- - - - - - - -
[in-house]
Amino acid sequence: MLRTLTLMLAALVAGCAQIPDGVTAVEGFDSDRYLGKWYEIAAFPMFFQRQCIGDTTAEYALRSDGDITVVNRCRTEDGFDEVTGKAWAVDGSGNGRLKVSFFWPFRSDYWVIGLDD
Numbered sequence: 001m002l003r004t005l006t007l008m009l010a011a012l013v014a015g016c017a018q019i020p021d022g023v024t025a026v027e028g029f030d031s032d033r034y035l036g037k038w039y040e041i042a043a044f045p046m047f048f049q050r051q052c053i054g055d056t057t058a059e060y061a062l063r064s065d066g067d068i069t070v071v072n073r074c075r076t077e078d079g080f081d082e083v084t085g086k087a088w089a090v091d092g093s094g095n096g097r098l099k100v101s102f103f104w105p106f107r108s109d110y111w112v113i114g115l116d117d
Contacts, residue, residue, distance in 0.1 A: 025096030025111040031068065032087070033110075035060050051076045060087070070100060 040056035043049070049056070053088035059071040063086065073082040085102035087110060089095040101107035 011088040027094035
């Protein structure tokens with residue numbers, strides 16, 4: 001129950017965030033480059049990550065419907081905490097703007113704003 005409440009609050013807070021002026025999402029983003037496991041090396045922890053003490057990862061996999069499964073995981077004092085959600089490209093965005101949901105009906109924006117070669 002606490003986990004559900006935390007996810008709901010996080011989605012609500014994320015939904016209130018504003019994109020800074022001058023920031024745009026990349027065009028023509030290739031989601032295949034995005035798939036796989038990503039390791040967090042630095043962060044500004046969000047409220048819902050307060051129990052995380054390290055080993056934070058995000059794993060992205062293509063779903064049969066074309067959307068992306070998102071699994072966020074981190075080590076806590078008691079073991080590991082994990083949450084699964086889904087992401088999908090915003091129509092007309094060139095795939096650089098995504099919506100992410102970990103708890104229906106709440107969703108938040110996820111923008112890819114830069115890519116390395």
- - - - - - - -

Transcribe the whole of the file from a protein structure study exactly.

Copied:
[in-house]
Amino acid sequence: MLRTLTLMLAALVAGCAQIPDGVTAVEGFDSDRYLGKWYEIAAFPMFFQRQCIGDTTAEYALRSDGDITVVNRCRTEDGFDEVTGKAWAVDGSGNGRLKVSFFWPFRSDYWVIGLDD
Numbered sequence: 001m002l003r004t005l006t007l008m009l010a011a012l013v014a015g016c017a018q019i020p021d022g023v024t025a026v027e028g029f030d031s032d033r034y035l036g037k038w039y040e041i042a043a044f045p046m047f048f049q050r051q052c053i054g055d056t057t058a059e060y061a062l063r064s065d066g067d068i069t070v071v072n073r074c075r076t077e078d079g080f081d082e083v084t085g086k087a088w089a090v091d092g093s094g095n096g097r098l099k100v101s102f103f104w105p106f107r108s109d110y111w112v113i114g115l116d117d
Contacts, residue, residue, distance in 0.1 A: 025096030025111040031068065032087070033110075035060050051076045060087070070100060 040056035043049070049056070053088035059071040063086065073082040085102035087110060089095040101107035 011088040027094035
């Protein structure tokens with residue numbers, strides 16, 4: 001129950017965030033480059049990550065419907081905490097703007113704003 005409440009609050013807070021002026025999402029983003037496991041090396045922890053003490057990862061996999069499964073995981077004092085959600089490209093965005101949901105009906109924006117070669 002606490003986990004559900006935390007996810008709901010996080011989605012609500014994320015939904016209130018504003019994109020800074022001058023920031024745009026990349027065009028023509030290739031989601032295949034995005035798939036796989038990503039390791040967090042630095043962060044500004046969000047409220048819902050307060051129990052995380054390290055080993056934070058995000059794993060992205062293509063779903064049969066074309067959307068992306070998102071699994072966020074981190075080590076806590078008691079073991080590991082994990083949450084699964086889904087992401088999908090915003091129509092007309094060139095795939096650089098995504099919506100992410102970990103708890104229906106709440107969703108938040110996820111923008112890819114830069115890519116390395």